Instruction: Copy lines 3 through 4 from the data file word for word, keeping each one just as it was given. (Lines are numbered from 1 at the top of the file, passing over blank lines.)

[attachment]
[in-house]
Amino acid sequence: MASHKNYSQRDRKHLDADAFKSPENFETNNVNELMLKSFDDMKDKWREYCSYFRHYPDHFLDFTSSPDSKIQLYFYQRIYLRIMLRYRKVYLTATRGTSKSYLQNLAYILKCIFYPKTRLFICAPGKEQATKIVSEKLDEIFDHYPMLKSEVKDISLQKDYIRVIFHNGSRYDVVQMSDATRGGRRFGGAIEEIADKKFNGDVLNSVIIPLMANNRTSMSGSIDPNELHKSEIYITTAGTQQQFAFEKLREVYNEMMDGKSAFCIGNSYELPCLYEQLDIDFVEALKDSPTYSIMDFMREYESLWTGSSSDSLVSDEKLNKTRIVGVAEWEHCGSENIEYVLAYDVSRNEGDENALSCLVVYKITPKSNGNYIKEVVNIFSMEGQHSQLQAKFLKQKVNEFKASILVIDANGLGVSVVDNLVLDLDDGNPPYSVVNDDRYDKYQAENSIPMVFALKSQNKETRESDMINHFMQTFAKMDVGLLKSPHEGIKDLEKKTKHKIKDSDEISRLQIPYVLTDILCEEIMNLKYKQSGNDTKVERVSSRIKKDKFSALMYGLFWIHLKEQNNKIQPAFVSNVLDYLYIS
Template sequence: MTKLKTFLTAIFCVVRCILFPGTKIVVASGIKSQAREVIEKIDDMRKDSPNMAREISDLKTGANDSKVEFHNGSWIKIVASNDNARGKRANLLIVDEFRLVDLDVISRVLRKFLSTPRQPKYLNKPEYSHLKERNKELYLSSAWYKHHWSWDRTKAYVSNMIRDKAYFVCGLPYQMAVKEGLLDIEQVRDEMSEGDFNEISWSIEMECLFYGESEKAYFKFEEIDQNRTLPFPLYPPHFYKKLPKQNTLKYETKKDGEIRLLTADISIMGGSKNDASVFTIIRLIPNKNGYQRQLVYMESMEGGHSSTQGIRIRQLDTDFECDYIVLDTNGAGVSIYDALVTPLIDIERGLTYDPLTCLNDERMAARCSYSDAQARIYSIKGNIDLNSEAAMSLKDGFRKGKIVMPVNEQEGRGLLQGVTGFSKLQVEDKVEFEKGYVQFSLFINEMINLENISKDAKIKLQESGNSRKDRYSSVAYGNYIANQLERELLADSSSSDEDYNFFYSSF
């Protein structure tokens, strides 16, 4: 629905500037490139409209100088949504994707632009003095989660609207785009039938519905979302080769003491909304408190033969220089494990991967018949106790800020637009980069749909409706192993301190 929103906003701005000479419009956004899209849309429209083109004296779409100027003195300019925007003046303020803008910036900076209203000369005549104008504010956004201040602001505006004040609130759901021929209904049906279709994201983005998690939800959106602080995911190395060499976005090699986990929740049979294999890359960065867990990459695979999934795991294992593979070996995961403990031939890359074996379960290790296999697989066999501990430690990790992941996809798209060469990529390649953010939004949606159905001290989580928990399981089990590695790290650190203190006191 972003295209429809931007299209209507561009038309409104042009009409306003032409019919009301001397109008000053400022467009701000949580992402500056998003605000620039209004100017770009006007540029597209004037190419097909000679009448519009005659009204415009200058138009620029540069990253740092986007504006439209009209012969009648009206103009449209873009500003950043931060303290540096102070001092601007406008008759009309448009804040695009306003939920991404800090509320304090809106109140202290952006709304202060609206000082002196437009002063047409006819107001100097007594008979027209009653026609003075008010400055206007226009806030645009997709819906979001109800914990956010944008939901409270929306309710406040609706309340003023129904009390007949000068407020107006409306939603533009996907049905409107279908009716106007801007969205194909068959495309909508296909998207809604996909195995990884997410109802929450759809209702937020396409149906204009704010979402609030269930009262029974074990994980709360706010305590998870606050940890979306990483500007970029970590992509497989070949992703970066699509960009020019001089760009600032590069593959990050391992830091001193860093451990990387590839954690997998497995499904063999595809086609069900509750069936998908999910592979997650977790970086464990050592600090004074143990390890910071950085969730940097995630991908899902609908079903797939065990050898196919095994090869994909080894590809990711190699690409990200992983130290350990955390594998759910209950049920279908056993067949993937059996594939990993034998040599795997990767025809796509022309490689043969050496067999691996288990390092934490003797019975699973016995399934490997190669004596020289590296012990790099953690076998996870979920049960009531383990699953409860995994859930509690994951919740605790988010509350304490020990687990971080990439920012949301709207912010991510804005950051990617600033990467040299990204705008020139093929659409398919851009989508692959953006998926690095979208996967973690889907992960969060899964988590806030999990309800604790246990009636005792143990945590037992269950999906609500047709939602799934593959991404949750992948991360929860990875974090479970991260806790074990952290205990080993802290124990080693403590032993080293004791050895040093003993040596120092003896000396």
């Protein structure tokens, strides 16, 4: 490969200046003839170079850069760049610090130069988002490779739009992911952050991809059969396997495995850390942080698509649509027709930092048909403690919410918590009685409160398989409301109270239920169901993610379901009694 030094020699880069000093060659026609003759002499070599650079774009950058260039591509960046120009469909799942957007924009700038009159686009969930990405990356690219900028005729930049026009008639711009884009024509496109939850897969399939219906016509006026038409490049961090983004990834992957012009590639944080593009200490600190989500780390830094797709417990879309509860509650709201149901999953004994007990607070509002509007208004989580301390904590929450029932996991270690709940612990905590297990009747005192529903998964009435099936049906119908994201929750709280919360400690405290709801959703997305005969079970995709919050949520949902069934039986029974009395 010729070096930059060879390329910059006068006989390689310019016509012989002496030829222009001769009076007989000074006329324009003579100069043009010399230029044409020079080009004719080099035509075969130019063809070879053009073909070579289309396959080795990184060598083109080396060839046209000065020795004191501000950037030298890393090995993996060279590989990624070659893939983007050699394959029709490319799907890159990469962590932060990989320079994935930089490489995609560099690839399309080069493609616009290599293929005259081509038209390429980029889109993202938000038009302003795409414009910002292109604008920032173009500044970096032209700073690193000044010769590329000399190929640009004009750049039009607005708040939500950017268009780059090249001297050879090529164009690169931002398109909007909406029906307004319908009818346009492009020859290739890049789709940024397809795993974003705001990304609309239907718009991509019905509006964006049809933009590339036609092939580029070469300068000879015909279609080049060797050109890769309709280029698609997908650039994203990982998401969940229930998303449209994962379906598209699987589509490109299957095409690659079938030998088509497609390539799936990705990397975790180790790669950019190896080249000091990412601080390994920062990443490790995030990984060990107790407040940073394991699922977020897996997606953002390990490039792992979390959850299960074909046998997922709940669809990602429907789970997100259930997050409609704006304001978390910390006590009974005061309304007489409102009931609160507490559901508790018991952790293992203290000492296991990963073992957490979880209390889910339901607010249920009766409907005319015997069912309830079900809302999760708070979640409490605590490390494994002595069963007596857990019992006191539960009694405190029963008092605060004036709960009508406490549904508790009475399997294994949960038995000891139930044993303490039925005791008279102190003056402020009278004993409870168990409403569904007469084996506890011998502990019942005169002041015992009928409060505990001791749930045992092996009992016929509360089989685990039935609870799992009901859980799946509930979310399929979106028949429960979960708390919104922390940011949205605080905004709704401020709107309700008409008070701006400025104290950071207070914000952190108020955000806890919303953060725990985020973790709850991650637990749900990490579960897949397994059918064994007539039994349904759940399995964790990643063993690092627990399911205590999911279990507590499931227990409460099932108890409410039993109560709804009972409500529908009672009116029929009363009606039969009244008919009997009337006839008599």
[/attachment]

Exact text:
Template sequence: MTKLKTFLTAIFCVVRCILFPGTKIVVASGIKSQAREVIEKIDDMRKDSPNMAREISDLKTGANDSKVEFHNGSWIKIVASNDNARGKRANLLIVDEFRLVDLDVISRVLRKFLSTPRQPKYLNKPEYSHLKERNKELYLSSAWYKHHWSWDRTKAYVSNMIRDKAYFVCGLPYQMAVKEGLLDIEQVRDEMSEGDFNEISWSIEMECLFYGESEKAYFKFEEIDQNRTLPFPLYPPHFYKKLPKQNTLKYETKKDGEIRLLTADISIMGGSKNDASVFTIIRLIPNKNGYQRQLVYMESMEGGHSSTQGIRIRQLDTDFECDYIVLDTNGAGVSIYDALVTPLIDIERGLTYDPLTCLNDERMAARCSYSDAQARIYSIKGNIDLNSEAAMSLKDGFRKGKIVMPVNEQEGRGLLQGVTGFSKLQVEDKVEFEKGYVQFSLFINEMINLENISKDAKIKLQESGNSRKDRYSSVAYGNYIANQLERELLADSSSSDEDYNFFYSSF
């Protein structure tokens, strides 16, 4: 629905500037490139409209100088949504994707632009003095989660609207785009039938519905979302080769003491909304408190033969220089494990991967018949106790800020637009980069749909409706192993301190 929103906003701005000479419009956004899209849309429209083109004296779409100027003195300019925007003046303020803008910036900076209203000369005549104008504010956004201040602001505006004040609130759901021929209904049906279709994201983005998690939800959106602080995911190395060499976005090699986990929740049979294999890359960065867990990459695979999934795991294992593979070996995961403990031939890359074996379960290790296999697989066999501990430690990790992941996809798209060469990529390649953010939004949606159905001290989580928990399981089990590695790290650190203190006191 972003295209429809931007299209209507561009038309409104042009009409306003032409019919009301001397109008000053400022467009701000949580992402500056998003605000620039209004100017770009006007540029597209004037190419097909000679009448519009005659009204415009200058138009620029540069990253740092986007504006439209009209012969009648009206103009449209873009500003950043931060303290540096102070001092601007406008008759009309448009804040695009306003939920991404800090509320304090809106109140202290952006709304202060609206000082002196437009002063047409006819107001100097007594008979027209009653026609003075008010400055206007226009806030645009997709819906979001109800914990956010944008939901409270929306309710406040609706309340003023129904009390007949000068407020107006409306939603533009996907049905409107279908009716106007801007969205194909068959495309909508296909998207809604996909195995990884997410109802929450759809209702937020396409149906204009704010979402609030269930009262029974074990994980709360706010305590998870606050940890979306990483500007970029970590992509497989070949992703970066699509960009020019001089760009600032590069593959990050391992830091001193860093451990990387590839954690997998497995499904063999595809086609069900509750069936998908999910592979997650977790970086464990050592600090004074143990390890910071950085969730940097995630991908899902609908079903797939065990050898196919095994090869994909080894590809990711190699690409990200992983130290350990955390594998759910209950049920279908056993067949993937059996594939990993034998040599795997990767025809796509022309490689043969050496067999691996288990390092934490003797019975699973016995399934490997190669004596020289590296012990790099953690076998996870979920049960009531383990699953409860995994859930509690994951919740605790988010509350304490020990687990971080990439920012949301709207912010991510804005950051990617600033990467040299990204705008020139093929659409398919851009989508692959953006998926690095979208996967973690889907992960969060899964988590806030999990309800604790246990009636005792143990945590037992269950999906609500047709939602799934593959991404949750992948991360929860990875974090479970991260806790074990952290205990080993802290124990080693403590032993080293004791050895040093003993040596120092003896000396």